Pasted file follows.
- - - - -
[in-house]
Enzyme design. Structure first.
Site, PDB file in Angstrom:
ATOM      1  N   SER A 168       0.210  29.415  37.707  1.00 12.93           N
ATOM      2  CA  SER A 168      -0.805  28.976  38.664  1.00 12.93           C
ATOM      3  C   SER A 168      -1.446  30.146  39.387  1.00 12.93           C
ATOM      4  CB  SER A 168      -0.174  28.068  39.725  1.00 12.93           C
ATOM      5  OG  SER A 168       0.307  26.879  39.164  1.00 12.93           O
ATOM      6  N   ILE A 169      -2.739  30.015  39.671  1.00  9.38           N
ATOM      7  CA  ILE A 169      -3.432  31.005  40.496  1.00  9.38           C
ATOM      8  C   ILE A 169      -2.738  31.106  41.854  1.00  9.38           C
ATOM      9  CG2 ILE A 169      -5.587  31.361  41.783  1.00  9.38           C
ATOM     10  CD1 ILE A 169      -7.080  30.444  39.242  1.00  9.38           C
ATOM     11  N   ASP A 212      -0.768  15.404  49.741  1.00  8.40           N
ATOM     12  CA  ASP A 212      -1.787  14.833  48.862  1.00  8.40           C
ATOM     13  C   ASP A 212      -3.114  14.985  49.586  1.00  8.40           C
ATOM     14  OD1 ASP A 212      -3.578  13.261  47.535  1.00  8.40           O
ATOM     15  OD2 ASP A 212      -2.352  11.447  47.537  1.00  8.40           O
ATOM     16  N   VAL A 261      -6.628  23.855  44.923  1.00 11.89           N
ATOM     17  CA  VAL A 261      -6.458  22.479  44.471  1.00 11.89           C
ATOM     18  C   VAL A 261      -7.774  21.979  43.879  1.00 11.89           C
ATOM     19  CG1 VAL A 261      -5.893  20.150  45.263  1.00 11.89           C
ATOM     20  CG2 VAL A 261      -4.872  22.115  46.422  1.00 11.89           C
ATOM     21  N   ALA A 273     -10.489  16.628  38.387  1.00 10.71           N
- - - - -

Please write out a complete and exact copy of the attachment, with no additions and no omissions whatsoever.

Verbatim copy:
[in-house]
Enzyme design. Structure first.
Site, PDB file in Angstrom:
ATOM      1  N   SER A 168       0.210  29.415  37.707  1.00 12.93           N
ATOM      2  CA  SER A 168      -0.805  28.976  38.664  1.00 12.93           C
ATOM      3  C   SER A 168      -1.446  30.146  39.387  1.00 12.93           C
ATOM      4  CB  SER A 168      -0.174  28.068  39.725  1.00 12.93           C
ATOM      5  OG  SER A 168       0.307  26.879  39.164  1.00 12.93           O
ATOM      6  N   ILE A 169      -2.739  30.015  39.671  1.00  9.38           N
ATOM      7  CA  ILE A 169      -3.432  31.005  40.496  1.00  9.38           C
ATOM      8  C   ILE A 169      -2.738  31.106  41.854  1.00  9.38           C
ATOM      9  CG2 ILE A 169      -5.587  31.361  41.783  1.00  9.38           C
ATOM     10  CD1 ILE A 169      -7.080  30.444  39.242  1.00  9.38           C
ATOM     11  N   ASP A 212      -0.768  15.404  49.741  1.00  8.40           N
ATOM     12  CA  ASP A 212      -1.787  14.833  48.862  1.00  8.40           C
ATOM     13  C   ASP A 212      -3.114  14.985  49.586  1.00  8.40           C
ATOM     14  OD1 ASP A 212      -3.578  13.261  47.535  1.00  8.40           O
ATOM     15  OD2 ASP A 212      -2.352  11.447  47.537  1.00  8.40           O
ATOM     16  N   VAL A 261      -6.628  23.855  44.923  1.00 11.89           N
ATOM     17  CA  VAL A 261      -6.458  22.479  44.471  1.00 11.89           C
ATOM     18  C   VAL A 261      -7.774  21.979  43.879  1.00 11.89           C
ATOM     19  CG1 VAL A 261      -5.893  20.150  45.263  1.00 11.89           C
ATOM     20  CG2 VAL A 261      -4.872  22.115  46.422  1.00 11.89           C
ATOM     21  N   ALA A 273     -10.489  16.628  38.387  1.00 10.71           N